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We hail from black hole andquasar.

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alokmohan

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Astronomers have taken a baby step in trying to answer the cosmic question of where we come from. <br /><br />http://news.yahoo.com/s/ap/20071010/ap_on_sc/cosmic_dust<br /> <br />Planets and much on them, including humans, come from dust — mostly from dying stars. But where did the dust that helped form those early stars come from?<br /><br />A NASA telescope may have spotted one of the answers. It's in the wind bursting out of super-massive black holes.<br /><br />The Spitzer Space Telescope identified large quantities of freshly made space dust in a quasar about 8 billion light years from here.<br /><br />Astronomers used the telescope to break down the wavelengths of light in the quasar to figure out what was in the space dust. They found signs of glass, sand, crystal, marble, rubies and sapphires, said Ciska Markwick-Kemper of the University of Manchester in England. She is the lead author of a study that will be published later this month in Astrophysical Journal Letters.<br /><br />Dust is important in the cooling process to make stars, which are predominantly gas. The leftover dust tends to clump together to make planets, comets and asteroids, said astronomer Sarah Gallagher, a study co-author at the University of California Los Angeles.<br /><br />"In the end, everything comes from space dust," Markwick-Kemper said. "It's putting all the pieces of the puzzle together to figure out where we came from."<br /><br />Astronomers figure that the planets that formed in the past several billion years — and those away from quasars — came from dust that was belched from dying stars. That's what happened with Earth.<br /><br />That still leaves a question about where the dust from the first couple billion years of the universe came from, which helped form early generations of star systems.<br /><br />"It's formed in the wind," of the black holes, Markwick-Kemper said. Gas molecules collide in the se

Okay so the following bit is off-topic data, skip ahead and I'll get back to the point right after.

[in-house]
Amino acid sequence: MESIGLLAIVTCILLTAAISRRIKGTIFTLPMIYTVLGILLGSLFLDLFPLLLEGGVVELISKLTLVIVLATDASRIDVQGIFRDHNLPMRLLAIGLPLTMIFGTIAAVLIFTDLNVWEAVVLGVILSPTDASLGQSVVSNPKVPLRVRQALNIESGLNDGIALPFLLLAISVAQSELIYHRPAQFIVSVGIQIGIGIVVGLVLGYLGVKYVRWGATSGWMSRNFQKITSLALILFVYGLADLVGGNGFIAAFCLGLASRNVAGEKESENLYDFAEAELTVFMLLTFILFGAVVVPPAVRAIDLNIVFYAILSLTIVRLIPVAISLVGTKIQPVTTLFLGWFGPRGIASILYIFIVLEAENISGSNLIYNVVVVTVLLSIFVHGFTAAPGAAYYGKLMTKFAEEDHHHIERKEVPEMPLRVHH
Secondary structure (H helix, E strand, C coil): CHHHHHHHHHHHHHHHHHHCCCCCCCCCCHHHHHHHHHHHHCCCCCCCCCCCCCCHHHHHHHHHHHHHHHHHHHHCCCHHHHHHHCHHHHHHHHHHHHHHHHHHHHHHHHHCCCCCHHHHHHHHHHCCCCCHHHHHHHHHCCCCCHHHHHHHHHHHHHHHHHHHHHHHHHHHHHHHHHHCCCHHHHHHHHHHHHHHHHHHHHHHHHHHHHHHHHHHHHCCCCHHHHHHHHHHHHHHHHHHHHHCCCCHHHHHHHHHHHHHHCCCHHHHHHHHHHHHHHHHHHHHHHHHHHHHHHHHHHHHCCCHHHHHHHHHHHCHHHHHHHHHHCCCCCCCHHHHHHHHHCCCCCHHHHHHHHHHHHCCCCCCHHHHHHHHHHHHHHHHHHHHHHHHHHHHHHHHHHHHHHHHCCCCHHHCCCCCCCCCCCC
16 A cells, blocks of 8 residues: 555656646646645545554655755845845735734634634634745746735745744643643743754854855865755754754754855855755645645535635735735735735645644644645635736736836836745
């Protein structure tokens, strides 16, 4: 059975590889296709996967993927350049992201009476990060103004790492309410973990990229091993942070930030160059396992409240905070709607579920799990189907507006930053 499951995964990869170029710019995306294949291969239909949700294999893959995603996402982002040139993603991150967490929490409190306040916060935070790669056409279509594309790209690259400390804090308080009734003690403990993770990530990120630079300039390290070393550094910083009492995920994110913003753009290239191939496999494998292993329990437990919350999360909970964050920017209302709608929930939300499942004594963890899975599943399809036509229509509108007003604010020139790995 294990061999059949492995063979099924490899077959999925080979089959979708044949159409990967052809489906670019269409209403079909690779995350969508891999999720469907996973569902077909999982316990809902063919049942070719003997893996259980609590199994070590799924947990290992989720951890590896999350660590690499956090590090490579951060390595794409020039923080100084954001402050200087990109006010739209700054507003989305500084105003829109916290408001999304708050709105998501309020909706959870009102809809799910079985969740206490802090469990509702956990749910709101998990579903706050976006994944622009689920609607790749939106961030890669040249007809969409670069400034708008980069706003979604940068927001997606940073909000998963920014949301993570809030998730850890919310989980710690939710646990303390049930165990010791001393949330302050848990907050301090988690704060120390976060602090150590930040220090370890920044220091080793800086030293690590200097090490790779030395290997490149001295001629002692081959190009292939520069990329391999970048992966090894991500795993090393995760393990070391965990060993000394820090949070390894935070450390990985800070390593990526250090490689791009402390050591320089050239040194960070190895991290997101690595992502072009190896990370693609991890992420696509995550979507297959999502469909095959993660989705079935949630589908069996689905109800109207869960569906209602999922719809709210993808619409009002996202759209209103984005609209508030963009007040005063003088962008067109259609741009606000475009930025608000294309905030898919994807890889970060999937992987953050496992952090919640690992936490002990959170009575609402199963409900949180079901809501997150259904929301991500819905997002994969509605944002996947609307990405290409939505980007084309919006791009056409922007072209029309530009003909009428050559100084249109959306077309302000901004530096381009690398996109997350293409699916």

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dragon04

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<font color="yellow">Planets and much on them, including humans, come from dust — mostly from dying stars. But where did the dust that helped form those early stars come from?</font><br /><br />I'd easily agree that black holes as quasars' emissions of energetic particles might provide a force that pushes dust around, but the events just prior to the implosion of massive stars is what creates the dust, and not the BH's themselves.<br /><br />BH's may have an effect, but I can't think they are the cause.<br /><br />The article is a little misleading in the way it's stated, I think.<br /> <div class="Discussion_UserSignature"> <em>"2012.. Year of the Dragon!! Get on the Dragon Wagon!".</em> </div>
 
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alokmohan

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Frankly I agree with you.But I cherish to come from black hole.
 
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dragon04

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Look at it this way. A massive star gives its life to create you just before it dies and becomes a black hole. Before it becomes something that can no longer be part of the Universe.<br /><br />The mother dies giving birth and forever vanishes. Yet you are here.<br /><br />You can never see the mother again, but you know that you exist because of her death. That's the tragic beauty of life in the Universe.<br /><br /><br /><br /> <div class="Discussion_UserSignature"> <em>"2012.. Year of the Dragon!! Get on the Dragon Wagon!".</em> </div>
 
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